#701: Small Things
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Reflections by the Pond
March 30, 2015
The Lord said, "Go out and stand on the mountain in the presence of the Lord, for the Lord is about to pass by." Then a great and powerful wind tore the mountains apart and shattered the rocks before the Lord, but the Lord was not in the wind. After the wind there was an earthquake, but the Lord was not in the earthquake. After the earthquake came a fire, but the Lord was not in the fire. And after the fire came a gentle whisper. When Elijah heard it, he pulled his cloak over his face and went out and stood at the mouth of the cave. Then a voice said to him, "What are you doing here, Elijah?"
1 Kings 19:11-13 NIV
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We have become a society of individuals bent on outracing everyone else. Our technology helps us perform two, three, four tasks at once—all at lightning speed. We can instantly be in contact with people on the other side of the world; we can read or view the news as it happens; we can "be" anywhere we like, at any time of the day or night, via the Internet, smart phone, or satellite.
Family members are so far-flung, each moving at top speed, that it is a stretch even to call them, collectively, a "family," for they are so infrequently in the same room together. Even as parents bemoan the fast and frantic pace of their children, they sign them up for more activities, more after-school events—and buy them ever-newer mobile devices for keeping "in touch."
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We are surrounded by big things—big events, big people making loud and frantic noises. We are moving though life, from one big thing to the next, at breakneck speed. And all the while missing the small things.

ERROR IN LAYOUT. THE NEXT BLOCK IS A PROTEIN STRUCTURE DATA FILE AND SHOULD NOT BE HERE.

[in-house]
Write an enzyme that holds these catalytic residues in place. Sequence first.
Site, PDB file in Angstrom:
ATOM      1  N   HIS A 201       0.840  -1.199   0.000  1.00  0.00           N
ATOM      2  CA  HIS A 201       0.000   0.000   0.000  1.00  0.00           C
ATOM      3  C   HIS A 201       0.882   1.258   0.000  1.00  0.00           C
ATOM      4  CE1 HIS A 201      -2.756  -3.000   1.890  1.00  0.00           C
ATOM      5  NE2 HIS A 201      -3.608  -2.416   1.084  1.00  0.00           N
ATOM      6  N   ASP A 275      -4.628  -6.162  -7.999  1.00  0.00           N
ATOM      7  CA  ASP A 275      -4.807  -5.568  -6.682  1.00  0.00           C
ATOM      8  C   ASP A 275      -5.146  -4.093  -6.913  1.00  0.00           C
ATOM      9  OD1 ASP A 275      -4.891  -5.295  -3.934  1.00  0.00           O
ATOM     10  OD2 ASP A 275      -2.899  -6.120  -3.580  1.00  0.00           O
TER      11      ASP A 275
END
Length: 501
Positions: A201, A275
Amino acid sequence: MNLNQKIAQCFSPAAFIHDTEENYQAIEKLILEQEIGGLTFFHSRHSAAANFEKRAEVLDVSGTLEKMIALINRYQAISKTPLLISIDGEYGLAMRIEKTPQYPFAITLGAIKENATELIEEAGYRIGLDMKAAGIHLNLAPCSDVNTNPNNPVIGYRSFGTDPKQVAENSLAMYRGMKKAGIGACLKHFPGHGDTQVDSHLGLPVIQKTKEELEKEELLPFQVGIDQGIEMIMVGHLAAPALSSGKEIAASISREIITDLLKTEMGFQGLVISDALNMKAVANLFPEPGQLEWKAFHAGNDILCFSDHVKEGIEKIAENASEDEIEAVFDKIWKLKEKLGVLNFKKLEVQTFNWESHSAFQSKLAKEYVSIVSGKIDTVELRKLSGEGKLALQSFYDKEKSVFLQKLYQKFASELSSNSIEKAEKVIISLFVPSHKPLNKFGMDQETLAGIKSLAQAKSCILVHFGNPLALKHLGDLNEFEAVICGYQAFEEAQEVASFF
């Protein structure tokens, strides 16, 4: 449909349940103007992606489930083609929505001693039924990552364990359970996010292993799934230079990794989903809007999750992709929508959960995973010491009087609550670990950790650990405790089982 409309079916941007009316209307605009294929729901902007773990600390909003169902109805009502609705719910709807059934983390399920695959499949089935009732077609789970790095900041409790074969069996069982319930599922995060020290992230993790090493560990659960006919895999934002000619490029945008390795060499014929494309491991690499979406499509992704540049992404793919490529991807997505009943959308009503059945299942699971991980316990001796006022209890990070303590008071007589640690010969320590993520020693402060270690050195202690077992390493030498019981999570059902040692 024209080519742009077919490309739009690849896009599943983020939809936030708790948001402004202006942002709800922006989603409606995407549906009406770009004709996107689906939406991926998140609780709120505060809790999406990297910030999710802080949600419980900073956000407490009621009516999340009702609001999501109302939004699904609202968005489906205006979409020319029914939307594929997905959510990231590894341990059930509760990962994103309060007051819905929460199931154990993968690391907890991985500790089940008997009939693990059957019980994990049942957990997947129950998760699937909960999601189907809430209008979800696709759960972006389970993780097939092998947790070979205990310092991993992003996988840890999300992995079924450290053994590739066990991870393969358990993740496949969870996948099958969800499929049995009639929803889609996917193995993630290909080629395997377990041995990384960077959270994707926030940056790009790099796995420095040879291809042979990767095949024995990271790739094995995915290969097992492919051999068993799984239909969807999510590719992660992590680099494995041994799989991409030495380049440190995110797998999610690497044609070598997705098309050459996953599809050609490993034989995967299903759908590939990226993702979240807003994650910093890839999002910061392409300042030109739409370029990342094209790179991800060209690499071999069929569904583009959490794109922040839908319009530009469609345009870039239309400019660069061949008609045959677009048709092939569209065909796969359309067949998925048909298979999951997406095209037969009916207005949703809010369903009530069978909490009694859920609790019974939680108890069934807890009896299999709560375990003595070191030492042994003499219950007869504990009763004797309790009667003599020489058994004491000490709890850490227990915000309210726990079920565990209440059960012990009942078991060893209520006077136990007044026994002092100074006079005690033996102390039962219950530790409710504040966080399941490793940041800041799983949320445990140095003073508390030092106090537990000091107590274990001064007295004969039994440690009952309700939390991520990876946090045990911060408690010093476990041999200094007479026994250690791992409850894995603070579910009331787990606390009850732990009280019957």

Small things today have become insignificant. They have become expendable. No time for that! No time! Gotta keep moving! And at the end of the day—if we ever do reach the end of our day—we scratch our head and wonder, What happened? Where did it all go? I want to spend time with my husband, but we have become disconnected. I want to spend time with my kids, but they are now adults—and gone.
I want to spend time with my God, but I no longer know where to find Him.
God can indeed be found in the big things, but more often He is found in the small things, the quiet things, the small moments that are missed by modern, busy, fast-paced, distracted people today.
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One day I parked the water wagon behind the house to refill it for watering the garden. I ran the hose into the sixty-five gallon tank, turned on the water, and sat myself down on a nearby step to wait for the tank to fill.
In just a few moments a male goldfinch landed on the edge of the birdbath that was just a few feet away. The feathers of the diminutive male goldfinch are a brilliant yellow. They are a beautiful, delicately crafted bird, and, parenthetically, the Iowa State Bird. Goldfinches are not uncommon in our area; they feed on the thistles that grow wild in the fields. But I had never before been so close to one.
Sitting there, I realized that I had not moved since taking my seat, so the finch didn’t even notice me. It happily drank and bathed in the water while I remained motionless, enjoying the delicate beauty of the bird. If I had held some thistle seed in a motionless, outstretched hand, it probably would have helped itself.
It was a rare experience, and one that would never have occurred had I not been perfectly quiet and still. If I had sat myself down and immediately flipped open a smart phone to chat with a friend, I would have missed it.
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Sitting there, watching this tiny jewel of a bird, I realized that here was God, in a small golden bird perched on the rim of our birdbath. Had I not paused for a moment in the bigger thing of watering the garden during a dry period, I would have missed Him altogether. I would have missed the small but precious thing of a quiet moment of communion with His glory.
To be sure, the garden needed watering. It needed that water desperately. I had to do it. But because in the midst of all that importance and activity I stopped, for even a moment, I was favored by God’s beautiful grace.
We all have big things in our lives. We all have things that are important, that require our attention and activity. But when we never pause for the small things—those fragile and fleeting oases of heavenly communion—our connection to God begins to atrophy. Eventually it will dry up and blow away from disuse.
And for the tyranny of the temporal moment, we will have bargained away sweet, heavenly moments with Him.
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Be still, and know that I am God;
I will be exalted among the nations,
I will be exalted in the earth!
Psalm 46:10 NKJV